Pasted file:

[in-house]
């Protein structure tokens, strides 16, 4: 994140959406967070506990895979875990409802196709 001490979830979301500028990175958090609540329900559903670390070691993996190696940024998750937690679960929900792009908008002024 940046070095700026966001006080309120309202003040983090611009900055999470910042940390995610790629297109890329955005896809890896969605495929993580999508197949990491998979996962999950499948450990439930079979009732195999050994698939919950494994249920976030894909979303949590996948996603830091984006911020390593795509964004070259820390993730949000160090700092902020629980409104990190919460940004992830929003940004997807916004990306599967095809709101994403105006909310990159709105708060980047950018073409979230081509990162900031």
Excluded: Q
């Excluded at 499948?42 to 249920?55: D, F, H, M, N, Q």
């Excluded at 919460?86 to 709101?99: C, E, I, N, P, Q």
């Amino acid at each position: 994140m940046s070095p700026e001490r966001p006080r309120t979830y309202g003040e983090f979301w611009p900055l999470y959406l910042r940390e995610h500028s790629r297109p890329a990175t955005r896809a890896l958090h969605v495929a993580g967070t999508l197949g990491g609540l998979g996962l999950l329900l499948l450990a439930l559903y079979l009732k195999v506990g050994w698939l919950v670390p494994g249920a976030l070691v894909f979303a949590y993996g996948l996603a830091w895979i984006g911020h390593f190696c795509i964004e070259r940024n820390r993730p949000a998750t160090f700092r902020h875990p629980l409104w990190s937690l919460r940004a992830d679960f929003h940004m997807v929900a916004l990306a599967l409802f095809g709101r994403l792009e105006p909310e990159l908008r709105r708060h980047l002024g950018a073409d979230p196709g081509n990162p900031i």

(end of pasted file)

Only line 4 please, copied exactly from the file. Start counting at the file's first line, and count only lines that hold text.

């Excluded at 499948?42 to 249920?55: D, F, H, M, N, Q």